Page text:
We do admire its determination.

The KGRS807SSS did cling to those inaccurate temperatures, however, never straying too far from its beliefs. We do admire its determination, and suggest it join the Flat Earth Society.

Fortunately, the convection setting drastically improved oven accuracy. Unfortunately, it came at the cost of precision. So what does that mean for you? Well, when using the KGRS807SSS, you will need to adjust the target temperature by a set amount every time to compensate for the poor calibration, or you can choose to prepare food that's either cold or unevenly cooked. Choose wisely.

Despite some frustrating performance issues, the KGRS807SSS had a couple of things going for it in the oven department. It's got an amazingly fast preheat, reaching the target temperature in less than eight minutes. True, it was not the correct target temperature, but credit where credit is due. Even the broiler performed admirably.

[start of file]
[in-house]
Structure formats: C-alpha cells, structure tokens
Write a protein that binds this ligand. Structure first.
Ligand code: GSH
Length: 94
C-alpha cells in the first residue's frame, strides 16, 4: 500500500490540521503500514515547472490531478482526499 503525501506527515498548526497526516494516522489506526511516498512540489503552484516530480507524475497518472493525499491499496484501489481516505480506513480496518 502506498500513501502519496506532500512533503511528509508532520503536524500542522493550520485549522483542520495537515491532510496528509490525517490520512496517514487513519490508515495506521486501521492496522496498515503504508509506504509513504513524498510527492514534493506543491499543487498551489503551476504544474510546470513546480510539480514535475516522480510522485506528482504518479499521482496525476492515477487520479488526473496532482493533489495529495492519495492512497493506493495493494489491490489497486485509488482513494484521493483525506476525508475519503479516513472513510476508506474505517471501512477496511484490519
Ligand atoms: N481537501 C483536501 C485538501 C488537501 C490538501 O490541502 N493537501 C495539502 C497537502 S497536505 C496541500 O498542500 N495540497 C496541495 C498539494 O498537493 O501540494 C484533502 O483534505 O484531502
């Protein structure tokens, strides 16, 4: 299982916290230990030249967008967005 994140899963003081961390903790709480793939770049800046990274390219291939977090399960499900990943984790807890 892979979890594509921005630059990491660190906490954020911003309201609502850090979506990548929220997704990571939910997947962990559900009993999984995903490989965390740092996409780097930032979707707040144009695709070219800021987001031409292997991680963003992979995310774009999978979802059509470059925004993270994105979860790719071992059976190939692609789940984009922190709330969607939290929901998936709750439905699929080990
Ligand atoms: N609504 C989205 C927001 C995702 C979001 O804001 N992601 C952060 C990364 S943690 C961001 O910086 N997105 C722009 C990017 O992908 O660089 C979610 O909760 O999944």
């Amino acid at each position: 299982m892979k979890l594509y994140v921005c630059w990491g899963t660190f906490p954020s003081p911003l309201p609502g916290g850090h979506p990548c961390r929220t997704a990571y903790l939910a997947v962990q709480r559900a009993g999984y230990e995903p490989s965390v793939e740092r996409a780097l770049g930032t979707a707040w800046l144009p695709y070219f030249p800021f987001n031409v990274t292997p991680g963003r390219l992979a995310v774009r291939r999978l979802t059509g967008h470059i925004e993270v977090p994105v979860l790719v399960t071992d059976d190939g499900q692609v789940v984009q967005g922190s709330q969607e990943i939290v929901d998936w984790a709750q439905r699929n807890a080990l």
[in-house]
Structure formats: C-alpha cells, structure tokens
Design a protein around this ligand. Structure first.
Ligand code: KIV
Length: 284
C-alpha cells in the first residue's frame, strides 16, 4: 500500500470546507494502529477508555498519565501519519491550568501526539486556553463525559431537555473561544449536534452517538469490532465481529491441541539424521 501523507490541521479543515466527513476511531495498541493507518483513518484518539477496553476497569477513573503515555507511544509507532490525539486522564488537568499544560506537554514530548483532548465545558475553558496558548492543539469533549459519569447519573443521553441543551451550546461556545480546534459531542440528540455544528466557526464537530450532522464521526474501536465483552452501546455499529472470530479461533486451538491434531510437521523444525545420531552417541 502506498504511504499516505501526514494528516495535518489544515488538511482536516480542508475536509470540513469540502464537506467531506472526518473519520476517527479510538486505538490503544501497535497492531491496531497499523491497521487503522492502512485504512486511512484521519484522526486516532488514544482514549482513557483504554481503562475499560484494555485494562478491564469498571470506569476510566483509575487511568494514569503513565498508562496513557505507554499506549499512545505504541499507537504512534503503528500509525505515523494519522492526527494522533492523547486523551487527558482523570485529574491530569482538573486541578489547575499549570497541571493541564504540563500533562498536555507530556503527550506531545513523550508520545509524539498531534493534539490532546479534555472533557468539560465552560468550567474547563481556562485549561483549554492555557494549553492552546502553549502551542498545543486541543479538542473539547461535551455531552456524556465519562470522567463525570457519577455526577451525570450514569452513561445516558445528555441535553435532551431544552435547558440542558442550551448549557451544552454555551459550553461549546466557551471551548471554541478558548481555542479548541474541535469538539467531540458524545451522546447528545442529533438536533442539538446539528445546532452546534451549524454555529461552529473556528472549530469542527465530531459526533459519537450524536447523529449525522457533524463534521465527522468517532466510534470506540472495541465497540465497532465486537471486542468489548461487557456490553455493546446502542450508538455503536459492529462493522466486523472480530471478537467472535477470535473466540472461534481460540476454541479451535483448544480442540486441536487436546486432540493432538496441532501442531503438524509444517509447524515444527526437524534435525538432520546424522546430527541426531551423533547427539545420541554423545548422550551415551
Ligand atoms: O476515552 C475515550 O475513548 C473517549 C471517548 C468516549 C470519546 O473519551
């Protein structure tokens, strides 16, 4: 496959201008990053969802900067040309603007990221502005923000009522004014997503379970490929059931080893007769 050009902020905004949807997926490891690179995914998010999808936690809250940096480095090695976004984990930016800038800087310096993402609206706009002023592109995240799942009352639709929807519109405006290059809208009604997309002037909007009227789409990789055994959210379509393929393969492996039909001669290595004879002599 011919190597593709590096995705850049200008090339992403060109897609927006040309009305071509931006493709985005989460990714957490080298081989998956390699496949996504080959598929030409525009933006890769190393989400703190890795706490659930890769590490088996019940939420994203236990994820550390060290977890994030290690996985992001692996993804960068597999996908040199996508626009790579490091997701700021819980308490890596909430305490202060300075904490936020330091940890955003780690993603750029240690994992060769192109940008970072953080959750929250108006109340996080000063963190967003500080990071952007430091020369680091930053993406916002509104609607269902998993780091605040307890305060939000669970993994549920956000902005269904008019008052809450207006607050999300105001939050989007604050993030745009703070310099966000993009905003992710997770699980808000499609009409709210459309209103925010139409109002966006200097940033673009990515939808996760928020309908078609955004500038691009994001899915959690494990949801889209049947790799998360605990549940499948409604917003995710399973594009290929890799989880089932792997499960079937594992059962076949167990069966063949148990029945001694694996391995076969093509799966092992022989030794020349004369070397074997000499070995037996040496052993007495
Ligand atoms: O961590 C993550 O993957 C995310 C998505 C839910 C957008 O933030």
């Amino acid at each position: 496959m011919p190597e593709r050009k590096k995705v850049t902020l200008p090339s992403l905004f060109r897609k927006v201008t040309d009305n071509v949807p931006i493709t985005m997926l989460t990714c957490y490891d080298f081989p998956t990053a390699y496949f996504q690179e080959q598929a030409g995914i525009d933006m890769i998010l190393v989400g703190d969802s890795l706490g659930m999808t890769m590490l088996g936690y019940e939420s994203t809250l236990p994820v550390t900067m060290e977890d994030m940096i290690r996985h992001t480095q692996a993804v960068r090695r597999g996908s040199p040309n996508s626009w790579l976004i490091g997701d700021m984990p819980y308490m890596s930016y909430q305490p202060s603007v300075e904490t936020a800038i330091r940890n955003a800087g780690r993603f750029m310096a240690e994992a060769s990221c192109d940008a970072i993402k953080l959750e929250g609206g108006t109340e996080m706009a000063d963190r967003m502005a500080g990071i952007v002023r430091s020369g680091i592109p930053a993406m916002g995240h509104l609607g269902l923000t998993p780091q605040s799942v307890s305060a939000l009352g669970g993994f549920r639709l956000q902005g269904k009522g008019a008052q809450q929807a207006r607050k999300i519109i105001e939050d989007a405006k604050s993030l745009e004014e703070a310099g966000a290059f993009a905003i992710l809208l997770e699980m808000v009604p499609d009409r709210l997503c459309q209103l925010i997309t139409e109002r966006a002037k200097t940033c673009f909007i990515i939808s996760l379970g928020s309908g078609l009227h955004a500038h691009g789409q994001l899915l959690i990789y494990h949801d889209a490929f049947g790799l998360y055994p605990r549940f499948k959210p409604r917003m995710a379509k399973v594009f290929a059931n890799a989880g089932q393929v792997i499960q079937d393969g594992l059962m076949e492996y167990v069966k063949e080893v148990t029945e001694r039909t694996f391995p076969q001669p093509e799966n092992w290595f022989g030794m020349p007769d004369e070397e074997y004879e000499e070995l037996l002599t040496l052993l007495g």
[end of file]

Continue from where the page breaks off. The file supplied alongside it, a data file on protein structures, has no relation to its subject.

Amazing accuracy and great precision, just not simultaneously

Forget about the Clouseau comparison. If this oven were a character in a play, it would be a distinguished English colonel thrust into a drawing room comedy, complete with mistaken identity and double entendres.

Maddeningly inconsistent oven performance aside, the KitchenAid KGRS807SSS does have some commendable features. The control scheme is comprehensive and user friendly, and we are big fans of the range's understated elegance. Unfortunately, when it comes to the rangetop, the KGRS807SSS fails to deliver low lows and high highs.

If you are looking for a gas range that sits flush with your countertops, and you find a great deal, you could do worse than the KGRS807SSS. But we also recommend you check out the KitchenAid KGRS308BSS It won our coveted Best of Year award and our Editors' Choice award. It’s also $500 cheaper.

Frustratingly inconsistent results in both range and oven performance

The KitchenAid KGRS807SSS won’t win any prizes for consistency. Despite some good results in broiler and preheat performance the KGRS807SSS failed to impress. Read on for a full breakdown of the KGRS807SSS’s results.